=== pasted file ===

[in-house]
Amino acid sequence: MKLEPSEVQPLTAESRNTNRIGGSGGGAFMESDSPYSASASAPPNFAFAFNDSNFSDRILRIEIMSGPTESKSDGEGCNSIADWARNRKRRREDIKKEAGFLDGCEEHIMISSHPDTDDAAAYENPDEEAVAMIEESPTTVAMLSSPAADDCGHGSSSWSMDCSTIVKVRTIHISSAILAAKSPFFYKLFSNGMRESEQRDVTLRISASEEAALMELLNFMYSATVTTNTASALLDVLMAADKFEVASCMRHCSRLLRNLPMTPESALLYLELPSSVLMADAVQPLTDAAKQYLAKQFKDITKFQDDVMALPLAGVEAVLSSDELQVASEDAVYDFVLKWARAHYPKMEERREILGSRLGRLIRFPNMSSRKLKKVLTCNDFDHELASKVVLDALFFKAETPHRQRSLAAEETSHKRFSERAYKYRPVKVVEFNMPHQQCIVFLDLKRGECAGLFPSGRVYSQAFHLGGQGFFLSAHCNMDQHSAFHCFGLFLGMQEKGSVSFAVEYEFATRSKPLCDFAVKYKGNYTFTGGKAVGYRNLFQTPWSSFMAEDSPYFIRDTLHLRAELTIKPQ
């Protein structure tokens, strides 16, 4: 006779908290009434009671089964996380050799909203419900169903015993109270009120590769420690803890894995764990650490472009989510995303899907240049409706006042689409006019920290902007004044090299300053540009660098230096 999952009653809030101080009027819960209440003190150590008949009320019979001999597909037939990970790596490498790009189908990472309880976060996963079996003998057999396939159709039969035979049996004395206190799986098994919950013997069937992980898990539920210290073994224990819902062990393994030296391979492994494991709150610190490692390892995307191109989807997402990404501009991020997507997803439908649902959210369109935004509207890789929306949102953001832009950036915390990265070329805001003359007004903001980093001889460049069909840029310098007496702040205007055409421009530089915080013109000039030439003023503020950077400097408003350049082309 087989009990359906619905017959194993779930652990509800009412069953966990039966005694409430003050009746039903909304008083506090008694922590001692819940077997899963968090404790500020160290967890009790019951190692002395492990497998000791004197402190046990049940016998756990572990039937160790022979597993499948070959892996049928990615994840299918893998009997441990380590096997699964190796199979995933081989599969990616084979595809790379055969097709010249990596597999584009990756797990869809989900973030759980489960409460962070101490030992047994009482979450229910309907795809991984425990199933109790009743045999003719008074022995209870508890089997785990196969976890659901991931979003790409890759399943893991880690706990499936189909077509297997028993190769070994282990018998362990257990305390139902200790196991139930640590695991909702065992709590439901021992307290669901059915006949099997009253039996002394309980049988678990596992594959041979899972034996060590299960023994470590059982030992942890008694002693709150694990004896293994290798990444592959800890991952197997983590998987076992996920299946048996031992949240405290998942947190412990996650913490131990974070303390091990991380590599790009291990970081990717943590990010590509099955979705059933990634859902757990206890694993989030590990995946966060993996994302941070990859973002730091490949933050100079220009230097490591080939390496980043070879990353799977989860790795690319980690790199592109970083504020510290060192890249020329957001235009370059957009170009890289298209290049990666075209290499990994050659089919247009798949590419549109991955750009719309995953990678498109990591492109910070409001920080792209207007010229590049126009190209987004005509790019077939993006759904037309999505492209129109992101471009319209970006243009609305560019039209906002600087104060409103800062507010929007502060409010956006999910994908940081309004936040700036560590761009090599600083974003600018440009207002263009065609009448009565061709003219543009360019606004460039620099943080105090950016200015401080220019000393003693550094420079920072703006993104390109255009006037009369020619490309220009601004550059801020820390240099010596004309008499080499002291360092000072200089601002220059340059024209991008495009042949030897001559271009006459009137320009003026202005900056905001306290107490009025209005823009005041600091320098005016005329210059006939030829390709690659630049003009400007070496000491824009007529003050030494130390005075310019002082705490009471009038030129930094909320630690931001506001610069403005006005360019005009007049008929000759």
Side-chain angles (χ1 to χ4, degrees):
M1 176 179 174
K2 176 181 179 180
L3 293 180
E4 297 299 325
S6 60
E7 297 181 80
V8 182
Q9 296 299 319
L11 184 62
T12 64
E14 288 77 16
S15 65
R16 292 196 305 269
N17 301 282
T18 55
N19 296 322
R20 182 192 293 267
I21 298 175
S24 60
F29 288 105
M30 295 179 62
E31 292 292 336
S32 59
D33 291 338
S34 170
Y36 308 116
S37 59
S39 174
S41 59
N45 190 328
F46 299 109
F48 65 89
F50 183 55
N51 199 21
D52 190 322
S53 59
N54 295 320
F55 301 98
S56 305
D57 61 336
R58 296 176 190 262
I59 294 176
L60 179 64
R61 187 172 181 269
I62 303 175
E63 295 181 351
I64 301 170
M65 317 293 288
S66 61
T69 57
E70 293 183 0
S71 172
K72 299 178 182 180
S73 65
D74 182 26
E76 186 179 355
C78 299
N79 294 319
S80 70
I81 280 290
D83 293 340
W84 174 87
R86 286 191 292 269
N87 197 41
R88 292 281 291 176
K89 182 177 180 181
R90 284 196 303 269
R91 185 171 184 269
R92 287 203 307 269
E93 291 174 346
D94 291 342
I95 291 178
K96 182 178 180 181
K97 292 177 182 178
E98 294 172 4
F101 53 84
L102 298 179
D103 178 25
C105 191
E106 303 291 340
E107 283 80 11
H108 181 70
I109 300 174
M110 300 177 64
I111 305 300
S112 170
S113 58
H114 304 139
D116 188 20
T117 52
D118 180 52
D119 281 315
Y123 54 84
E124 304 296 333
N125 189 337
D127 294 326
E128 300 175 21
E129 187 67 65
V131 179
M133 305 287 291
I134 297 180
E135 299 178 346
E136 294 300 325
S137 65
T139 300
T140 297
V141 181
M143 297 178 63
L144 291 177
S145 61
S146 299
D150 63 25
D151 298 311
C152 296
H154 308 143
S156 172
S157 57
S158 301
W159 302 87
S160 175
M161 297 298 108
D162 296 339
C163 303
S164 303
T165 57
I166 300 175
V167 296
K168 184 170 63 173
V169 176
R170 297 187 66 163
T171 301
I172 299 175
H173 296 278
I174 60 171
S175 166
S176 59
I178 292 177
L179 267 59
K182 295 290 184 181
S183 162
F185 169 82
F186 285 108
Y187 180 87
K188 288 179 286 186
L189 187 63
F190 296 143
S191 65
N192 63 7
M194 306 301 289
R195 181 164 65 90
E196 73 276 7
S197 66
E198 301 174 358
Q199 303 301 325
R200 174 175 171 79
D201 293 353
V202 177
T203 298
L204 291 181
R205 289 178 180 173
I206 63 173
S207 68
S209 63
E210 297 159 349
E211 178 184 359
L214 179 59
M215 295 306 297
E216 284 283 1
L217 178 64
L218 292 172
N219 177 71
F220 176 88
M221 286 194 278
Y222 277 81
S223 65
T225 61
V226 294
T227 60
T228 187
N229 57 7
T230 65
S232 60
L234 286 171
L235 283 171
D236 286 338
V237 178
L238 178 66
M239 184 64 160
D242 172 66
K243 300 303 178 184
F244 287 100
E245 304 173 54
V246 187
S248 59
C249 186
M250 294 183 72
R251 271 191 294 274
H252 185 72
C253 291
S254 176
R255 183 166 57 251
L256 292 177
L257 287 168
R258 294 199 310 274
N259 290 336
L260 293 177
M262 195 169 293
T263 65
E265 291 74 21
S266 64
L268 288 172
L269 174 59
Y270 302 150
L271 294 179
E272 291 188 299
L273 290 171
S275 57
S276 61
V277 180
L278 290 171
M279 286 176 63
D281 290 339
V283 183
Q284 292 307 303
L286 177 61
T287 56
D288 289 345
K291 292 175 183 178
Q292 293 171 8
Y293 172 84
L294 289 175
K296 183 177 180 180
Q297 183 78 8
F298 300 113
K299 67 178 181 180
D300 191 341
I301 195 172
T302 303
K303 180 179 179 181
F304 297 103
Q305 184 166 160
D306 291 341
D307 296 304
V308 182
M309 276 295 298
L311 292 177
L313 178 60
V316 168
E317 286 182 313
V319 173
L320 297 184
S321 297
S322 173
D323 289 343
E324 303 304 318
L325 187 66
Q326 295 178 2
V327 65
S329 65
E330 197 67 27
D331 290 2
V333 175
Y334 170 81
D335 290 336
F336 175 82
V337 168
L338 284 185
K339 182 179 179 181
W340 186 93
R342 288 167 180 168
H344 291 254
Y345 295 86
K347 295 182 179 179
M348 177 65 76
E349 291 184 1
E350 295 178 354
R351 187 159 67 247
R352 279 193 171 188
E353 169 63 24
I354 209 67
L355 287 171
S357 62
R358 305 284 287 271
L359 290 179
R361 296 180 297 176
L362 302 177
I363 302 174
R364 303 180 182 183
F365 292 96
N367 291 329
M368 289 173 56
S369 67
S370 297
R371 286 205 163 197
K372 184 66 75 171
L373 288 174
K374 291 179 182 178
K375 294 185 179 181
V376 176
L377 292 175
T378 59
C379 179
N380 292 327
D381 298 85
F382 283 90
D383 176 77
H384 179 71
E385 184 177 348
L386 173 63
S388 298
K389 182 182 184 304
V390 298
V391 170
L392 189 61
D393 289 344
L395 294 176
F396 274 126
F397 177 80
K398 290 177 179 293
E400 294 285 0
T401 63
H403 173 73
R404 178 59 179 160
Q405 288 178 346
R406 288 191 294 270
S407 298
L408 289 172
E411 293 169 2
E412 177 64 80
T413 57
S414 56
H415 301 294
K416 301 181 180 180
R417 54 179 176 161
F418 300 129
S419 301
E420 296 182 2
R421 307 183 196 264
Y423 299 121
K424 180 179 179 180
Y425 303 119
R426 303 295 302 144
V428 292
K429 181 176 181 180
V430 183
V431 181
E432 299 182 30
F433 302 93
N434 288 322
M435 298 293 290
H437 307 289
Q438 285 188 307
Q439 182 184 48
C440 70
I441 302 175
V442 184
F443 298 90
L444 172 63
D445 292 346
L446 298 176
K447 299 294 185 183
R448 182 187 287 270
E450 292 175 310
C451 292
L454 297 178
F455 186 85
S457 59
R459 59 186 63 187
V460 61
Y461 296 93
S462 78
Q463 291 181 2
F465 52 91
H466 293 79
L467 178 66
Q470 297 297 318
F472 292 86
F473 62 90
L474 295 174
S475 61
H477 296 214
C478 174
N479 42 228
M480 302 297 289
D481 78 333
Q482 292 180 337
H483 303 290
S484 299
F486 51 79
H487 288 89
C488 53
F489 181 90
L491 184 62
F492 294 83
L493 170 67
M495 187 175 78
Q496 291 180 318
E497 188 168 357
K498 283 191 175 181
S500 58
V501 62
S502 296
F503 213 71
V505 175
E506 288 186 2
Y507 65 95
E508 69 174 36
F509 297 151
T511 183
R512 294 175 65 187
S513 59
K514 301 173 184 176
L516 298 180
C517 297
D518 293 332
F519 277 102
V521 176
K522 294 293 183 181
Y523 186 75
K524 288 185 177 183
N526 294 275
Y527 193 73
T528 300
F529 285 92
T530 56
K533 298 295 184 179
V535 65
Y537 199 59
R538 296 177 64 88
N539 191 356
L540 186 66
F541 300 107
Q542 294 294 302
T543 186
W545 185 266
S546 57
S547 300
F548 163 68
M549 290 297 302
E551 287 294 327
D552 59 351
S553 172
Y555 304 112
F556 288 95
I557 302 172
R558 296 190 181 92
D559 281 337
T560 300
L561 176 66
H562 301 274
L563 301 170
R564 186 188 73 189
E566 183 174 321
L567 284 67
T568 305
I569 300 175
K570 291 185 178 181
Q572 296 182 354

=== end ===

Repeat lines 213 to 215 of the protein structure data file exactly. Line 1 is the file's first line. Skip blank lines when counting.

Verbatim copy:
E265 291 74 21
S266 64
L268 288 172